Second place is the trailer and its a long story. I used to fish a lot of bass tournaments all over the country east of the Mississippi and as such i have towed a lot of miles, as in hundreds of thousands of miles. I firmly believe that the vast majority of bearing problems on trailers are caused by lack of maintenance. As i said i have towed a lot of miles over the years and in that time i have had only one bearing failure. That failure was not caused by a lubrication or a maintenance issue, it was caused by crappy Chinese made parts that blew apart on an almost new boat trailer( my father was a metallurgist and he showed me on the other side where the heat treating was poorly done , same went for the brand new ones that came with the replacement hub/disc i needed to buy). When this happened i was very far away from home and i ended up fixing the bearing in the parking lot of a tiny Napa store that just so happened to be right off the exit of the freeway where i had the failure. It was a good thing that store was there because i needed parts, the boat dealer gave me the wrong bearings for my brand new trailer and without the right parts i was screwed. They had the needed parts and i also needed grease since one of my club buddies apparently borrowed my grease gun from my truck and emptied it. The only grease they had on the shelf that would fit my mini gun that i keep in my road kit was the Lucas red and tacky. I had never used it in a wheel bearing before but when you are 300+ miles from home you go with what they have. So i get the hub back together but i had two problems, the hub was damaged to the point that i could not get a seal to stay nor would a cap fit on it. I figured i may lose the grease but if i stop every 15 or 20 miles and refill i should be fine so long as i don't run it dry. I made it the entire 300+ miles home without having to put another pump of grease into the spindle. At one point I went 100 miles without even bothering to check it. I know for a fact that the "marine" grease i used to run would not have done that. Over the years i have lost a bearing cap or two, they do fall off from time to time and with normal "marine" grease you end up with grease slung everywhere when a cap falls off an if left unattended a smoked bearing, with the Lucas the couple times i have lost one i have no mess anywhere and the grease stays in the hub. That lost bearing incident and trip home sold me on using the Lucas for my trailer, i use the same on my enclosed bike trailer too.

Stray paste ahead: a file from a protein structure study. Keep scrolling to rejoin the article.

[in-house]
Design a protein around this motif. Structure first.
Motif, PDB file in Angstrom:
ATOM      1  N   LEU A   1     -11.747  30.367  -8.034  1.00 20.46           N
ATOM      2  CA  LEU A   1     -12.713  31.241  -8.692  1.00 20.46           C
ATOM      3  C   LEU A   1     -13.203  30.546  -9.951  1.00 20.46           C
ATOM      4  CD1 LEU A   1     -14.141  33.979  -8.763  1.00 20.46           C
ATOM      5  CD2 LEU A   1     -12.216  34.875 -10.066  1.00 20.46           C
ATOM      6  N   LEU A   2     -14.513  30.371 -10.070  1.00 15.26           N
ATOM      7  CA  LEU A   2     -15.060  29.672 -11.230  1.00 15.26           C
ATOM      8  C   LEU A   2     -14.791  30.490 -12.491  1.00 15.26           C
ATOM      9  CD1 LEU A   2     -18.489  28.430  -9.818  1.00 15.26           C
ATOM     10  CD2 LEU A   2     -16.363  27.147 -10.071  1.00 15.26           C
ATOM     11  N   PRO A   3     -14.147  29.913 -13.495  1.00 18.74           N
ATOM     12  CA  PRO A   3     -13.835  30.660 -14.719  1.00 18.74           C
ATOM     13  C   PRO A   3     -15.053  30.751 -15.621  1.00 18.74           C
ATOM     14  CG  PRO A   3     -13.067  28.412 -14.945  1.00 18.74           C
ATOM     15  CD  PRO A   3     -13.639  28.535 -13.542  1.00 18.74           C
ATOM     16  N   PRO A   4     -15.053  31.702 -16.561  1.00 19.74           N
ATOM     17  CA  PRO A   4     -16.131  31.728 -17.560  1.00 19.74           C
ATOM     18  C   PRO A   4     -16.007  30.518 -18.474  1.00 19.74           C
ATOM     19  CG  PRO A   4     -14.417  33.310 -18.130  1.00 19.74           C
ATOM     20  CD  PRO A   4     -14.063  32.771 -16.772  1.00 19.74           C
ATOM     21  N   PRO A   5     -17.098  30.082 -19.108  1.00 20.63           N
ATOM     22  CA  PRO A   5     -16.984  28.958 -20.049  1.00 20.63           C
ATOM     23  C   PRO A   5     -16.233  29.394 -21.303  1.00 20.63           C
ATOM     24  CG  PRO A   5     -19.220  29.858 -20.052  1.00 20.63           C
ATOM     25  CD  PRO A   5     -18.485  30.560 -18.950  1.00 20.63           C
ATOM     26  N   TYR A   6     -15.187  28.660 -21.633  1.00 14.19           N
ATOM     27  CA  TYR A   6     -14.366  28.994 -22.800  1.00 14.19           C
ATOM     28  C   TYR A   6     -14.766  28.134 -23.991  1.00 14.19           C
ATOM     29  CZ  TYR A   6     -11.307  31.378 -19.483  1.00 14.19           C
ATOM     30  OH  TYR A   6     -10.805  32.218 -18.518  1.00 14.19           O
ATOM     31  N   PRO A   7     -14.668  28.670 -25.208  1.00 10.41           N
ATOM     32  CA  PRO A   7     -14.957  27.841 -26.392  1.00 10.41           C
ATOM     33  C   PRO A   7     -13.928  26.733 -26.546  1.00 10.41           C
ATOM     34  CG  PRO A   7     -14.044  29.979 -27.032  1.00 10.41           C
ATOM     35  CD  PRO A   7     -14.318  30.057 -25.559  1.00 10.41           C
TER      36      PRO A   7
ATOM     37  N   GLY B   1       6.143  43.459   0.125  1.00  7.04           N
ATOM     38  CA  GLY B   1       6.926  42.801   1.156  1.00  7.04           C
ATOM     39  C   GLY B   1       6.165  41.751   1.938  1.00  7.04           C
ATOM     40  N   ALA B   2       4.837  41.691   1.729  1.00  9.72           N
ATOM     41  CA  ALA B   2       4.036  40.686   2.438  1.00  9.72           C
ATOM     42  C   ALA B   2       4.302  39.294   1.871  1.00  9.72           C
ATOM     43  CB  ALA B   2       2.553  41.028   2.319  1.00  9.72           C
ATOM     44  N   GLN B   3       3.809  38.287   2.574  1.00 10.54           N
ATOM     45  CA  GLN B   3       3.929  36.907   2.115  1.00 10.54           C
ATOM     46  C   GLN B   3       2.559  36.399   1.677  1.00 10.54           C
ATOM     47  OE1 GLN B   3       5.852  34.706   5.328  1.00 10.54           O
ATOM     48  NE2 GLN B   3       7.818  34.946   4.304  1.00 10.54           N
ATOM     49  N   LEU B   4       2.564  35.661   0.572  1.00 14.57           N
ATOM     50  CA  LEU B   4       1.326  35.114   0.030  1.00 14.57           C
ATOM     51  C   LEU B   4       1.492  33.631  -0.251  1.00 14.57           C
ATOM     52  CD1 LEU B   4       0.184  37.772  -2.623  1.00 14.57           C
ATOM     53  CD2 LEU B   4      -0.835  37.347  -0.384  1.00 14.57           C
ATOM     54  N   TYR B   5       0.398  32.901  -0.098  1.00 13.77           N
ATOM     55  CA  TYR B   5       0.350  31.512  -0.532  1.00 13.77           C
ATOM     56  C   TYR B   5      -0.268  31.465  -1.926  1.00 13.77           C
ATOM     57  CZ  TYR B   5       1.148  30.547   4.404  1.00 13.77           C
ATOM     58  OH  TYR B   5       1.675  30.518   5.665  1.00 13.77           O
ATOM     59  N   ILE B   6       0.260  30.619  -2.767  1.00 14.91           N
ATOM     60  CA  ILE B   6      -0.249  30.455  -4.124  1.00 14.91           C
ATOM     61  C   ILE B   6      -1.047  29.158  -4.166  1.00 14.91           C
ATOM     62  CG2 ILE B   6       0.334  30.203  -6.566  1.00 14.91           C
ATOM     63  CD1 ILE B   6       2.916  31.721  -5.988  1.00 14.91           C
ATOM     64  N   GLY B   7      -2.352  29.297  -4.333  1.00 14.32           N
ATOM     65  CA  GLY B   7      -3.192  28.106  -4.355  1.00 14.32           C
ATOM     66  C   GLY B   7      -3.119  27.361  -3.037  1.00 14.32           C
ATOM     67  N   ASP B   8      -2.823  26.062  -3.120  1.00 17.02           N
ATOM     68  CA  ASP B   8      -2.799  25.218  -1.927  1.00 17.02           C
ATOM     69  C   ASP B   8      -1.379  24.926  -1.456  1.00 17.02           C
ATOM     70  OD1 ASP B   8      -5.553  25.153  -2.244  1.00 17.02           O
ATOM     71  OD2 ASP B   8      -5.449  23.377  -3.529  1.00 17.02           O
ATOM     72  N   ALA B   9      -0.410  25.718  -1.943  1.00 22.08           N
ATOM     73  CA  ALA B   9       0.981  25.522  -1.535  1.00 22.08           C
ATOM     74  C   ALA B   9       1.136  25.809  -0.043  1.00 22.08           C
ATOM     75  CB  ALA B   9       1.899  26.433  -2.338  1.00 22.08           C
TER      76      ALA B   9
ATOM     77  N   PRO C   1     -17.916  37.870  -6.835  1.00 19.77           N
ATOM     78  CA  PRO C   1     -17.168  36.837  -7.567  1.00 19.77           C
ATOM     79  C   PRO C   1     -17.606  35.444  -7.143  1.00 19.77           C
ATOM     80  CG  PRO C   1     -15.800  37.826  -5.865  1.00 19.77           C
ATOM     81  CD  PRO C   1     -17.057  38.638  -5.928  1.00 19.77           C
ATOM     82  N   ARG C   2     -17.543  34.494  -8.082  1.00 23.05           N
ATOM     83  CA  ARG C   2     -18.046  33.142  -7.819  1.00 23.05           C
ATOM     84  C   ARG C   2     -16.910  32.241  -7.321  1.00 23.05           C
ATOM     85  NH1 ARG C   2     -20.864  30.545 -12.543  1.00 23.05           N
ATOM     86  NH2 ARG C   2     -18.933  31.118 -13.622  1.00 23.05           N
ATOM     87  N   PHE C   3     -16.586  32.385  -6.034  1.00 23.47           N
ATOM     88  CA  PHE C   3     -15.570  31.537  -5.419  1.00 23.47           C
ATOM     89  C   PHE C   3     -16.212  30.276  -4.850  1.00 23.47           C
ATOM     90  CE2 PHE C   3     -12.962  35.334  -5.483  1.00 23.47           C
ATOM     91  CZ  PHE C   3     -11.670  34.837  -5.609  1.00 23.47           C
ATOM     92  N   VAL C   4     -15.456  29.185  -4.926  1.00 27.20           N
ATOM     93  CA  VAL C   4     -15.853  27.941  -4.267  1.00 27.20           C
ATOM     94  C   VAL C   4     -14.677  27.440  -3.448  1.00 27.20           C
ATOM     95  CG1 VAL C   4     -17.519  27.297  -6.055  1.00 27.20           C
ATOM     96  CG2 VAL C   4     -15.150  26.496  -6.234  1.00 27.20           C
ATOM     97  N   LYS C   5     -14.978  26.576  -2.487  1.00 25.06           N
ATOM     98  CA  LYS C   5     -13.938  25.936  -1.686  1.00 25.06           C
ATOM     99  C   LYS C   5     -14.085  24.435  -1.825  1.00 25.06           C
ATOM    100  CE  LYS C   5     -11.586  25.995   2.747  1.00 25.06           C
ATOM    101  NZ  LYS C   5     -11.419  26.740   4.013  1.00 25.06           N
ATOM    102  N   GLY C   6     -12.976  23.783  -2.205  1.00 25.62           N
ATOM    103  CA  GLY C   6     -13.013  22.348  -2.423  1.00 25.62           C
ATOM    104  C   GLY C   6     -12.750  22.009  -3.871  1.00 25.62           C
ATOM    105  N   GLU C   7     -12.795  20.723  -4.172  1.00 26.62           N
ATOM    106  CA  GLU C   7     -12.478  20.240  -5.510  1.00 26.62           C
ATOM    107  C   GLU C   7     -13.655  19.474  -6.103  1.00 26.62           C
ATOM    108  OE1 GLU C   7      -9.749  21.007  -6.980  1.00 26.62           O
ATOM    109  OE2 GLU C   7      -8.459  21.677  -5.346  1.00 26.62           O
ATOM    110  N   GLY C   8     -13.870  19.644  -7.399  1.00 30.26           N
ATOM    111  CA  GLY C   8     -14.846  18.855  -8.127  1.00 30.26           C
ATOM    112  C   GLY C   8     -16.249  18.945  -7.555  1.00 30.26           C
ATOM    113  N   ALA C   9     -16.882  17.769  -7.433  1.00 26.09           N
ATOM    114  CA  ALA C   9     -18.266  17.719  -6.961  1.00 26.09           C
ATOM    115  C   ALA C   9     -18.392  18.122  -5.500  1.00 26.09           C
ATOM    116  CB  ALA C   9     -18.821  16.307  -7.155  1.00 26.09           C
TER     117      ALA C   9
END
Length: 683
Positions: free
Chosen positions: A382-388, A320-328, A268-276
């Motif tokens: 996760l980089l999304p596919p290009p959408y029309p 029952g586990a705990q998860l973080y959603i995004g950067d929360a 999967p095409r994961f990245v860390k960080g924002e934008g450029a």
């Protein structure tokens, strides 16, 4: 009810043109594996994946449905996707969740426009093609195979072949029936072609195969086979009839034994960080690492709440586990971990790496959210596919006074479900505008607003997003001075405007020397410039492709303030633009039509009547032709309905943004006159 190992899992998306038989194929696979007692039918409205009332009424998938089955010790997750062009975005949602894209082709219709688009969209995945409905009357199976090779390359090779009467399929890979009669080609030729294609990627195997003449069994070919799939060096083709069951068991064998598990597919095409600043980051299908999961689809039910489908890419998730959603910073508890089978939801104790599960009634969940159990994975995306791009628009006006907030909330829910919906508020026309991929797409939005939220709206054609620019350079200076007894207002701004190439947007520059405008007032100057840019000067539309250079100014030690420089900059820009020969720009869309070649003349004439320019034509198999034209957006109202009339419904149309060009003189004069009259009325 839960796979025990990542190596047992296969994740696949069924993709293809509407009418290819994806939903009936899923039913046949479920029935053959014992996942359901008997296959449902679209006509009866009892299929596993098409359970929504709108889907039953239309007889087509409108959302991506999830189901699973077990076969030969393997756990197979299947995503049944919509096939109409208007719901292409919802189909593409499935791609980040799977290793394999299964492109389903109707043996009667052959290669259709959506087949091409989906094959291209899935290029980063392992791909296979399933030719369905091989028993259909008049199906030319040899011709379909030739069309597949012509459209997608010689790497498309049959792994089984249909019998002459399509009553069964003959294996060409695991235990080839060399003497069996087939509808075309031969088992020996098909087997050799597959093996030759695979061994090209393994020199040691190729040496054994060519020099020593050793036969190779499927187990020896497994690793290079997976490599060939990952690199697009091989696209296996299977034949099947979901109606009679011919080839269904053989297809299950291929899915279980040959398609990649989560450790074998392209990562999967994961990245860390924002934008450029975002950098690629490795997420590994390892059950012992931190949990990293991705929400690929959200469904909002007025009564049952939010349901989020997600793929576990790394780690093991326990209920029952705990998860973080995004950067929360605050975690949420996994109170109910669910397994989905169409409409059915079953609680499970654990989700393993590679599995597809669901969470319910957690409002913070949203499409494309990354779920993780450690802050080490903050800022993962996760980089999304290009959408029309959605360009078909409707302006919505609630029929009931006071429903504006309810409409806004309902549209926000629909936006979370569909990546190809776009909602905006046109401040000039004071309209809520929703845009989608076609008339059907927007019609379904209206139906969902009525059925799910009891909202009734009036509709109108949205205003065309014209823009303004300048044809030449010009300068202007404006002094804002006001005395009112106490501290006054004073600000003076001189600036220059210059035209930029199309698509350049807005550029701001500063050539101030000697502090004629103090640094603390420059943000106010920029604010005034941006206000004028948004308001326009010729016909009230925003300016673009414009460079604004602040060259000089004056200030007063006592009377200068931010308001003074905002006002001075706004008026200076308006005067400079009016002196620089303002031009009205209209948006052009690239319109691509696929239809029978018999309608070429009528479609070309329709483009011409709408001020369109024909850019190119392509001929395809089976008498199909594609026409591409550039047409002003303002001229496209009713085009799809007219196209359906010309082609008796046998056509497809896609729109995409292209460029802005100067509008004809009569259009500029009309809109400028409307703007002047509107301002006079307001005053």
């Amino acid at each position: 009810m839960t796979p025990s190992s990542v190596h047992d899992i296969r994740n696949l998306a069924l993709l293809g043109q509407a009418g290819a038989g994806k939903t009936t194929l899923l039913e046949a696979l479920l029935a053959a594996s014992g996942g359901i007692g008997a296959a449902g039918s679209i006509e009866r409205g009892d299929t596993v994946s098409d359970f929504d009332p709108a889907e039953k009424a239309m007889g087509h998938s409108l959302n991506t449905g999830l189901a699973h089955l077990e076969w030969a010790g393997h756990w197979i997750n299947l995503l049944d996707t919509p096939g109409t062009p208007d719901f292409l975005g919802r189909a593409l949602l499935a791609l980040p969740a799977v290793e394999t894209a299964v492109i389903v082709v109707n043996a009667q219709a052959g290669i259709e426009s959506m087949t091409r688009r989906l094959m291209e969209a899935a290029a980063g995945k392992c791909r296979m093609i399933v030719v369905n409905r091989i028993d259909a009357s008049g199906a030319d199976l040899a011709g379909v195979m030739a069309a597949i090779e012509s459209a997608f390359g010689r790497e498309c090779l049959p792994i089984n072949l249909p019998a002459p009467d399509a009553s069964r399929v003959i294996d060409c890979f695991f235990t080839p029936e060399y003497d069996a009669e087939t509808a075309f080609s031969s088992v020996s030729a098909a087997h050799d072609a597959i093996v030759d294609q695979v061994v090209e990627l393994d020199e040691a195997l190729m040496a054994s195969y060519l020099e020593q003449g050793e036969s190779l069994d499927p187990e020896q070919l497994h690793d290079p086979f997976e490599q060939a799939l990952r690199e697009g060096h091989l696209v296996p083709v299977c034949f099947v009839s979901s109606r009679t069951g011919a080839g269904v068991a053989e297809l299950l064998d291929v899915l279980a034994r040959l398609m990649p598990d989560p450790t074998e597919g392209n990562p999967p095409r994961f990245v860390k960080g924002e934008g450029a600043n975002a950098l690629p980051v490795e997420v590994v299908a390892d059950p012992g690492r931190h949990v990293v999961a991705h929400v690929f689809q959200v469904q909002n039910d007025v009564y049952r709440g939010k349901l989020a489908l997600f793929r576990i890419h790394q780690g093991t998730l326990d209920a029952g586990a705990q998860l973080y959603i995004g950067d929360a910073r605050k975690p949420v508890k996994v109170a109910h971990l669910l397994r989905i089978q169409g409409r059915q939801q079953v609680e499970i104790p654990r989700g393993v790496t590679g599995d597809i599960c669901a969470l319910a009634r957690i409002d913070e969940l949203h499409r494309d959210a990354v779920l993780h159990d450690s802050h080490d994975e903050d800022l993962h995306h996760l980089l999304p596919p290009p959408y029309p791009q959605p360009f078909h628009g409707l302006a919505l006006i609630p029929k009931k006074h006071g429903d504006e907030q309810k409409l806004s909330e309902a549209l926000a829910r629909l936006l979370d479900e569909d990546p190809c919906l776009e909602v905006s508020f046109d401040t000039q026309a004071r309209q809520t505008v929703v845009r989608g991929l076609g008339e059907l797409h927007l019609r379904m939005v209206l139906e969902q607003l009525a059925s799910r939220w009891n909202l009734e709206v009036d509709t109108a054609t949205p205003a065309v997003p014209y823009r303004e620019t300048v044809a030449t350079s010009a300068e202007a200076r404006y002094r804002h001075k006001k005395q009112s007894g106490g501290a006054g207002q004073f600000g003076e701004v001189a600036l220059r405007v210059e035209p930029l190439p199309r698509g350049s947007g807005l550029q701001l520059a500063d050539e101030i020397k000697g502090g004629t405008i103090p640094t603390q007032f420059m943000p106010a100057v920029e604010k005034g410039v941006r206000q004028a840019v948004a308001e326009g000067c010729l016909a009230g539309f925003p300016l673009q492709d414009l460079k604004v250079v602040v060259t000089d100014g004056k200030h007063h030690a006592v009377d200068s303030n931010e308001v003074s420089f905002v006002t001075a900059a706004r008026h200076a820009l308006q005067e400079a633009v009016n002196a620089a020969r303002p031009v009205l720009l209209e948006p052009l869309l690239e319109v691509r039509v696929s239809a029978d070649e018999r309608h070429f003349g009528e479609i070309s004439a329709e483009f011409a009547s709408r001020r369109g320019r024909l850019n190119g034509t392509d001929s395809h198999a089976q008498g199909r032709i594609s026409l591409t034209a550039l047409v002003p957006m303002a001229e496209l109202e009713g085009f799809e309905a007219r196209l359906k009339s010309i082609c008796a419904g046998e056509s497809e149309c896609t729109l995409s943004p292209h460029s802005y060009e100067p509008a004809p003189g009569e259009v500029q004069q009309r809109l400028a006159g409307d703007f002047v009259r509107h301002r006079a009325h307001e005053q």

The other place i feel on the bearings its better is corrosion. I know "marine" grease has anti corrosion stuff in it too but over the years i have seen many pitted bearings and races when i pull them apart for my annual repack and reseal. Using the Lucas i have not seen any, the set of bearings in my current trailer are a decade old and still look perfect with close to 100k miles on them.